Vancouver is a city where culture is often overwhelmed by nature, and where views of the stunning mountain scenery and seaside can dictate decisions around public art. The Vancouver Biennale, responsible for some of the city’s most iconic sculptures, has had to deal with controversies in the past around views versus art issues, most recently with Chen Wenling’s Boy Holding a Shark, whose planned location on the South False Creek Seawall was foiled by the complaints of local residents.
But in the case of Marcus Bowcott’s and his partner Helene Aspinall’s Trans Am Totem sculpture, a legacy of the 2014-2016 Vancouver Biennale made up five refinished scrap cars stacked on an old-growth cedar tree installed at a busy city intersection, some local residents were rather too fond of the ecologically themed work. The residents in question, however, were pigeons and starlings, who had literally made themselves at home inside the sculpture. The birds were evicted this past weekend by City of Vancouver crews who removed the installation which will be cleaned, restored and eventually relocated.
The work was designed as a site-specific piece which “questions the cycle of production and consumption,” says Bowcott, and it was sited on land that was the traditional territory of local First Nations before it became an industrialised area and then a centre of vehicular traffic. The sculpture, which features a traditional bear claw carved by Squamish artist Rick Harry (Xwalacktun) into the trunk of the 150-year-old cedar tree, was installed near the city’s Georgia Viaduct—the remaining artery of a foiled early 1970s freeway project, that saw the city’s black neighbourhood demolished. The area is being revived as part of a larger development plan that includes the eventual removal of the viaduct.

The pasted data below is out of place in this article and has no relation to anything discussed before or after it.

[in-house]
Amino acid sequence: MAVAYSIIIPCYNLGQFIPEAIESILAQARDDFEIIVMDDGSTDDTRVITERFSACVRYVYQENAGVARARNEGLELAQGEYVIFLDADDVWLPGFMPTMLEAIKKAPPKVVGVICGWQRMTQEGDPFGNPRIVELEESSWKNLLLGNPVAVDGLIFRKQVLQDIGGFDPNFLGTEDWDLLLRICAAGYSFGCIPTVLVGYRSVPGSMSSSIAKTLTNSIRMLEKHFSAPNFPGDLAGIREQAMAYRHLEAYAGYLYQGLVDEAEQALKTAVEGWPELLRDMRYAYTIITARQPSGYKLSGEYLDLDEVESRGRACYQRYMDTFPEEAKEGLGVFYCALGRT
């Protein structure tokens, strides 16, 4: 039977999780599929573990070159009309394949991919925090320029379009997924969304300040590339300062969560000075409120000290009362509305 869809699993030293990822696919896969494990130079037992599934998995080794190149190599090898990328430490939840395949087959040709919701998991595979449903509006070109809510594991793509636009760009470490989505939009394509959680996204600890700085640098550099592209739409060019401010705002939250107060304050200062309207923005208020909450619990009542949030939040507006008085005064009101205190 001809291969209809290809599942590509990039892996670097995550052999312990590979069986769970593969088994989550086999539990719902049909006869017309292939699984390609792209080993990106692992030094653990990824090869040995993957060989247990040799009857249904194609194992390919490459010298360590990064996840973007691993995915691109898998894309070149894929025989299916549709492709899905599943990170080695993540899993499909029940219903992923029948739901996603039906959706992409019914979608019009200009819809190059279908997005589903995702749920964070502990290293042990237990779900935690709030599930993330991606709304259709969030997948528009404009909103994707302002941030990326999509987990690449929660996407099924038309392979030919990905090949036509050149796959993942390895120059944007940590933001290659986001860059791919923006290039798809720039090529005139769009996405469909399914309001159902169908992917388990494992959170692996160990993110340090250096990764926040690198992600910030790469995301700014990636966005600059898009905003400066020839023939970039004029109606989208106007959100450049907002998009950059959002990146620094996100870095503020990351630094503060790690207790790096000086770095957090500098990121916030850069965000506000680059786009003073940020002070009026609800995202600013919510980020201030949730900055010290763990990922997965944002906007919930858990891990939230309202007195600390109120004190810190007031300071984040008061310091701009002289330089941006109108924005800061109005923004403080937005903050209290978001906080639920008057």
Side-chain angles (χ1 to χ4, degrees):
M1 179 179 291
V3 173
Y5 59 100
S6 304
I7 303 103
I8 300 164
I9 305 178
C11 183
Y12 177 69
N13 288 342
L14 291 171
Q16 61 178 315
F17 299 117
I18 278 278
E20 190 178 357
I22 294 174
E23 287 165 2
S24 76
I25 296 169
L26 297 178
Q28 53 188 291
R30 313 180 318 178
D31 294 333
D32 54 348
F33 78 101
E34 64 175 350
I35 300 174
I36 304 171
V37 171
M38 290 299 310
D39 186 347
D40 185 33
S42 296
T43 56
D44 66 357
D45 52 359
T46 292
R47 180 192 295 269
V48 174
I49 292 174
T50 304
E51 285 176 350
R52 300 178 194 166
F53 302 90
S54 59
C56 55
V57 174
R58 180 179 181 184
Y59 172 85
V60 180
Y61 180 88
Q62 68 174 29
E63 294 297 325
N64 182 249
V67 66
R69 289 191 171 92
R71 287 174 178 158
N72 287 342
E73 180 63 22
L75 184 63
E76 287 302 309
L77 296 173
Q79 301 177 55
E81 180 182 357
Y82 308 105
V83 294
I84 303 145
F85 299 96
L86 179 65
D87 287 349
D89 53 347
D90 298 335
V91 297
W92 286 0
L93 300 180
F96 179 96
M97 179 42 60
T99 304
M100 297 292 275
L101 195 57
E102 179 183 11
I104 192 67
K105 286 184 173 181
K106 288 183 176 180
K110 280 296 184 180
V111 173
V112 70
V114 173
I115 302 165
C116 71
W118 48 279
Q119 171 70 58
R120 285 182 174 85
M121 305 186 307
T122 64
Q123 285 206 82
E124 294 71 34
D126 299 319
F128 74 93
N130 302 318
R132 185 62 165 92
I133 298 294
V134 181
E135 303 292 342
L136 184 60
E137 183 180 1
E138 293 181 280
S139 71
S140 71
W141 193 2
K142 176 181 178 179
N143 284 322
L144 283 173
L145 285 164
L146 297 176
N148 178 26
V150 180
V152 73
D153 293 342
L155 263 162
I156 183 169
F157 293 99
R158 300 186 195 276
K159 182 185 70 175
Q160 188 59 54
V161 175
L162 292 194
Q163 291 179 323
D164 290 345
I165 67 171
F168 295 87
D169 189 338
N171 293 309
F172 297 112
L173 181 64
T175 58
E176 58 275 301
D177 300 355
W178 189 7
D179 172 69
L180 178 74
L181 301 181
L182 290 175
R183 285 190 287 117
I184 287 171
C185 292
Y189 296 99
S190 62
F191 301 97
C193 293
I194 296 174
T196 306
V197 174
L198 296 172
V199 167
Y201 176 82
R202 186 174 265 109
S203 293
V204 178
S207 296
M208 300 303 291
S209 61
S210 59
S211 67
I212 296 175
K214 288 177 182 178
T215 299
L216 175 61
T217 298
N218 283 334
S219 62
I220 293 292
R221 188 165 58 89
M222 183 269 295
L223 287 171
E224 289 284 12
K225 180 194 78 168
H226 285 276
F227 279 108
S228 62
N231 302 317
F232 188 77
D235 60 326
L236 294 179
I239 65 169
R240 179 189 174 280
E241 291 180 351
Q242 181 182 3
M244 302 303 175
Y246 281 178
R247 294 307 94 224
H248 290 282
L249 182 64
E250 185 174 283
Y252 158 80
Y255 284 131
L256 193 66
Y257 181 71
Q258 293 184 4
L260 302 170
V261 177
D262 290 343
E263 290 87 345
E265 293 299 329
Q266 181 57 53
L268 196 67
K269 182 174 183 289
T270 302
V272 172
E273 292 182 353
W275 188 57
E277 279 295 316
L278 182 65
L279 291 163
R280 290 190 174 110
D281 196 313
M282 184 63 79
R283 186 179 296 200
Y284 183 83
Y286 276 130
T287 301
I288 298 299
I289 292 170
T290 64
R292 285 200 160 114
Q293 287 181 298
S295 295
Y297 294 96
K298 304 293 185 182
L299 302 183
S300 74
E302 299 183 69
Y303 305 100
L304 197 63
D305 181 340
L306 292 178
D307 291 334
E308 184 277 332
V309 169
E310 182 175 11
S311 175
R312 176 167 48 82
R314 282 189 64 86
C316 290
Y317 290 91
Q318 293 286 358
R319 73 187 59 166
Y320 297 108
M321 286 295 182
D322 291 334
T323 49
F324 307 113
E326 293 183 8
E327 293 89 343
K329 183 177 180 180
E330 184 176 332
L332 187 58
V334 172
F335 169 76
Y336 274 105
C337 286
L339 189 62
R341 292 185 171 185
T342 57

While the work was originally intended to be a temporary two-year installation, in April of 2019, it was made a permanent city sculpture through the donation of $250,000 from Chip and Shannon Wilson, the local billionaire couple who founded the yoga-wear line Lululemon and have been long-time supporters of the Biennale.
Now, Trans Am Totem’s will have to find a new home not because of funding or local politics but due to bird dung. “The last time we went, there were starlings up there,” Bowcott told the CBC. “There's lots of bird poo… I had to wear a vapour mask and I still felt a little dizzy after getting out of there.”
This would seem a fitting gestalt for a work that proclaims the triumph of nature over consumerism. Bowcott says he hopes to consult with the city to find the right home for the work, initially inspired by his fascination with crumbling cars while a student in the 1980s at the Royal College of Art in London, and by his summers spent working on Vancouver’s Fraser River, where he saw a certain raw aesthetic appeal in the carcasses of old automobiles towed on barges.
Reached by phone in Edmonton, Biennale president Barrie Mowatt says he hopes that a future site for Trans Am Totem “will be chosen that reflects the Biennale’s mandate of transforming under-utilised city spaces, and having art act as a catalyst for community engagement, education and social action.”